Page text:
But, as ElBaradei told me in an interview, “there’s total distrust on the part of Iran.” This has now expressed itself in a demand for “guarantees.” Iran has not balked by demanding that its uranium be sent out in phases — as some reports suggested — but by seeking cast-iron assurances that the fuel will come back.

… He also said inspectors had found “nothing to be worried about” in the underground facility at Qum built in secret by Iran. “The idea was to use it as a bunker under the mountain to protect things. It’s a hole in a mountain.”

(3)  Iranian enrichment has not grown, diplomats say“, Reuters, 11 November 2009 — Excerpt:

Iran has effectively stopped expanding active uranium enrichment since September, diplomats said, while considering a big power offer to fuel a medical reactor if it turns over enriched material seen as an atomic bomb risk.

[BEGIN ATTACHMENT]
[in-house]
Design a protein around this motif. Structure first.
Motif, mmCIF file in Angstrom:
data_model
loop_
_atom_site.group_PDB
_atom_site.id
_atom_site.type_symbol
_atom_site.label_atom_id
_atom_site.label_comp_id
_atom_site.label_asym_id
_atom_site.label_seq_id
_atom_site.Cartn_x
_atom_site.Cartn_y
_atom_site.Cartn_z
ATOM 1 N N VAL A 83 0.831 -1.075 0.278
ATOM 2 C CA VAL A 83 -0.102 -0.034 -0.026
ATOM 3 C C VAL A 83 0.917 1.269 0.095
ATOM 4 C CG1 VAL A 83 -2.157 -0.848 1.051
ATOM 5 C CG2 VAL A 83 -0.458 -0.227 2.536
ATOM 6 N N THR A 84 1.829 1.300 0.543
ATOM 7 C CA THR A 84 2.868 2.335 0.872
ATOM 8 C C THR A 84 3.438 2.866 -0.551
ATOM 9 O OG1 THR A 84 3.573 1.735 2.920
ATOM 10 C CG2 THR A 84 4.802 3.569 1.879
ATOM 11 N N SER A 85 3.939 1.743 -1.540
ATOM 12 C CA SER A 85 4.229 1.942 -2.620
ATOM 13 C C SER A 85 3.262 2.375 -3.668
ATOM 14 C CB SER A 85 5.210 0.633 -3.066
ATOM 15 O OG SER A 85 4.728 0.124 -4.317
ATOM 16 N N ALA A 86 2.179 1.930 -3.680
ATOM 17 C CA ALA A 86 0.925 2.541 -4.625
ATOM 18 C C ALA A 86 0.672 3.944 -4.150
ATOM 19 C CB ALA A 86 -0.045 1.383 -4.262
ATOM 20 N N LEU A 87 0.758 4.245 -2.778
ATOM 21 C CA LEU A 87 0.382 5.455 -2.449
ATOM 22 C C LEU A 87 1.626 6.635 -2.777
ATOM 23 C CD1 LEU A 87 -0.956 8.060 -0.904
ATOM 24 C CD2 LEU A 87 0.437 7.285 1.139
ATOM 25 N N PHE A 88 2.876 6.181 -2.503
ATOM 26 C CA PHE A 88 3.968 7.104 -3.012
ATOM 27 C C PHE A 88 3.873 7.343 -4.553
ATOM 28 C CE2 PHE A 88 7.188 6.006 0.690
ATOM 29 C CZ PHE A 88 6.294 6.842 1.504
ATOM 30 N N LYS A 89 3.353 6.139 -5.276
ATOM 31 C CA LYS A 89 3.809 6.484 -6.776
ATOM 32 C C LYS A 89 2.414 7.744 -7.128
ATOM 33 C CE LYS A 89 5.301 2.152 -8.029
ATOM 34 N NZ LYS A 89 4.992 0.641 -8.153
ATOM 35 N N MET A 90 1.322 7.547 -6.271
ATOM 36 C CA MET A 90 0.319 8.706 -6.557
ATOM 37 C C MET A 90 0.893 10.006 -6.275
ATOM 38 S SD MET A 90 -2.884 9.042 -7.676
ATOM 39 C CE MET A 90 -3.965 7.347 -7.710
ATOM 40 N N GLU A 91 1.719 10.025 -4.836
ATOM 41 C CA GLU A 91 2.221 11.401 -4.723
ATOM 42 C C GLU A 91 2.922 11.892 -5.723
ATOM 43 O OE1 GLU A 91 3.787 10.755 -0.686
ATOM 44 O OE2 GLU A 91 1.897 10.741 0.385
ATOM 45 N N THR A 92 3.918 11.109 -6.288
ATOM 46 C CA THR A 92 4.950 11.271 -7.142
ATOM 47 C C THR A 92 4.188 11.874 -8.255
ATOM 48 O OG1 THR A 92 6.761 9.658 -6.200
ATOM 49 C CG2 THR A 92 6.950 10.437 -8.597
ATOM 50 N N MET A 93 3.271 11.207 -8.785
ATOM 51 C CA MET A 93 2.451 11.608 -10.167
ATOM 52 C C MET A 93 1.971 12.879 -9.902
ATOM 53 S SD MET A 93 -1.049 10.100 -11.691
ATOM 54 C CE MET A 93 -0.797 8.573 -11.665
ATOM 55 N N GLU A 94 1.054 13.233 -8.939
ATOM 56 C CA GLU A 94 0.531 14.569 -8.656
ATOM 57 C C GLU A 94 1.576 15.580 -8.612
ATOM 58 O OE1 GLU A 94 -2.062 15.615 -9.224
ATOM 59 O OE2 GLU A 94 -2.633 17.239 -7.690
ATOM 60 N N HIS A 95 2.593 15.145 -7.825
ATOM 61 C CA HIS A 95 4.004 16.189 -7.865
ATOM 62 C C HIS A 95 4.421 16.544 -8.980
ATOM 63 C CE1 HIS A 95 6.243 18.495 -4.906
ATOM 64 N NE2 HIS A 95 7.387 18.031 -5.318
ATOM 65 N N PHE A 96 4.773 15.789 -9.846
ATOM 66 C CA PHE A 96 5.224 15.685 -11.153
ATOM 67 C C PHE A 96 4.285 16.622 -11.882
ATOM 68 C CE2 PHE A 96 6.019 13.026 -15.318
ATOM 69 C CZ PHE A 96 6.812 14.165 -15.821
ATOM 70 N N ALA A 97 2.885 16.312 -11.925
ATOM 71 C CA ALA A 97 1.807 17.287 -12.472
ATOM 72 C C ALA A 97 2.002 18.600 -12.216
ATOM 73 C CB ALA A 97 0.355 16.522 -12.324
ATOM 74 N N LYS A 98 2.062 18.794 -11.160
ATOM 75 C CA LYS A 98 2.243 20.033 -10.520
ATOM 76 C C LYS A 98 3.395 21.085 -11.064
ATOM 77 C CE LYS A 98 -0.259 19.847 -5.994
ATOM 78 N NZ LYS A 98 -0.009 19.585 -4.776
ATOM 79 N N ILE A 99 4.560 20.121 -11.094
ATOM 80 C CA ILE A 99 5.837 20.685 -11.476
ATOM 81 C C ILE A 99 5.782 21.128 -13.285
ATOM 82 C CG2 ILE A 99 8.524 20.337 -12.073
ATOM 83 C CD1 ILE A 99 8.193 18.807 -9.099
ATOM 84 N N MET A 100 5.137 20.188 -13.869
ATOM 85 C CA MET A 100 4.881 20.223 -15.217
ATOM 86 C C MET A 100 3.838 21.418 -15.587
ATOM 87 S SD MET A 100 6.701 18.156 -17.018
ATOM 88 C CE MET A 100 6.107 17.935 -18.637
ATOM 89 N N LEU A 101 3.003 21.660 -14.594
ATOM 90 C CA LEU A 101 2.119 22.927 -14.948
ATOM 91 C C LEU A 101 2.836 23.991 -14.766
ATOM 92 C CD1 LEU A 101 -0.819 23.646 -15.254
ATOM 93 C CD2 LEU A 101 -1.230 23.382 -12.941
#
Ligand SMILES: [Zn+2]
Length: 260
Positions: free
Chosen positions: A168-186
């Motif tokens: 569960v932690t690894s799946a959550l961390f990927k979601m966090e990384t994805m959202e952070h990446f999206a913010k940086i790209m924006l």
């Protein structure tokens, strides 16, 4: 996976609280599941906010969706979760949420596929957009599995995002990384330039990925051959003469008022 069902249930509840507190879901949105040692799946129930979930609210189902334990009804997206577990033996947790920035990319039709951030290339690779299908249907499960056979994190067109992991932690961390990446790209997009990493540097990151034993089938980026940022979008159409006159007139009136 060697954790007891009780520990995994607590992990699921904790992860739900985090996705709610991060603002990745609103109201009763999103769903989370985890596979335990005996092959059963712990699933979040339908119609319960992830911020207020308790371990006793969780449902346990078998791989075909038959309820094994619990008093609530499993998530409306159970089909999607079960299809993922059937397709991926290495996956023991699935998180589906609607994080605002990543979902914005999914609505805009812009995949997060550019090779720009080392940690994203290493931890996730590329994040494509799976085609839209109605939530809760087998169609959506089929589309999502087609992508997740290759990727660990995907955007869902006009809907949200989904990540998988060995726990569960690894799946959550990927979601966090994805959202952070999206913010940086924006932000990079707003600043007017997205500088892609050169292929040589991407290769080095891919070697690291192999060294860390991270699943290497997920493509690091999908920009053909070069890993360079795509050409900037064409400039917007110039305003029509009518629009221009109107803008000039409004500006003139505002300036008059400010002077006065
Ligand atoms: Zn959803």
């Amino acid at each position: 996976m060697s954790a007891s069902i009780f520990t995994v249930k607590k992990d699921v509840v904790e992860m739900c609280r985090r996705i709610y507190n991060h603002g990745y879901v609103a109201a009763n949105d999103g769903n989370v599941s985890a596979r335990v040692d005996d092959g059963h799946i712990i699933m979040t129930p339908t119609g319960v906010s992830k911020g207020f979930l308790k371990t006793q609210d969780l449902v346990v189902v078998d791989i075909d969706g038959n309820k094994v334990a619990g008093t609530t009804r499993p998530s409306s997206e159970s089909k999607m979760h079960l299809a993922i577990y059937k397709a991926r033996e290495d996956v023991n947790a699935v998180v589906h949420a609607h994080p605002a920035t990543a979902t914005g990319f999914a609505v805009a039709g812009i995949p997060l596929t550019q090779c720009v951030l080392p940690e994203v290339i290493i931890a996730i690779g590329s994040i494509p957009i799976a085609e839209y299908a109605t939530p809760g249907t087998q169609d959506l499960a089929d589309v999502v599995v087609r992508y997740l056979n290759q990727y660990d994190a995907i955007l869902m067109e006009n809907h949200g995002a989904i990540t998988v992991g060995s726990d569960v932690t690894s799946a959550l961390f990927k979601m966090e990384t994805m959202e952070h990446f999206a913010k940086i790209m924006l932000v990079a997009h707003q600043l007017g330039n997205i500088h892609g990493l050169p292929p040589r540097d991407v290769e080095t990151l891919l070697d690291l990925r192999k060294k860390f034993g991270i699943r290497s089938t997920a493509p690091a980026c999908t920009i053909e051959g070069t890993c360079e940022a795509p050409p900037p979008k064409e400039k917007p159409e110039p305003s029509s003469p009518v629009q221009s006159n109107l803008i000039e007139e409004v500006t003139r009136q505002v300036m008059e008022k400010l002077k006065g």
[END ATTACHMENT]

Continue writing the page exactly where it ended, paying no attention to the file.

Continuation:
While Iran’s stock of low-enriched uranium (LEU) has likely risen by 200-300 kg from 1,500 kg reported by U.N. monitors in August, the number of operating centrifuge machines at its Natanz enrichment plant has remained at about 4,600, they said

“The situation is now pretty much as it was in September,” said a senior diplomat in Vienna, where the U.N. nuclear watchdog, the International Atomic Energy Agency, is based.

(4)  Future of Iran-U.S. Relations“, Christiane Amanpous interviews Mohammed ElBaradei, CNN, 8 November 2009 — Text has been slightly cleaned up. Excerpt:

AMANPOUR: Thank you very much for coming into the studio. It’s your last round of interviews before you depart, but it’s no easy slowing down right now.

ELBARADEI: No, it is not easy slowing down, but I hope if we can come to an agreement on this Iran issue, that would be a wonderful exit for me.

AMANPOUR: So what on earth has gone wrong? Just a month ago there were smiles, there were apparently agreements in principle. Everybody thought this was going to work. The Iranians were seeming thrilled at what was going on.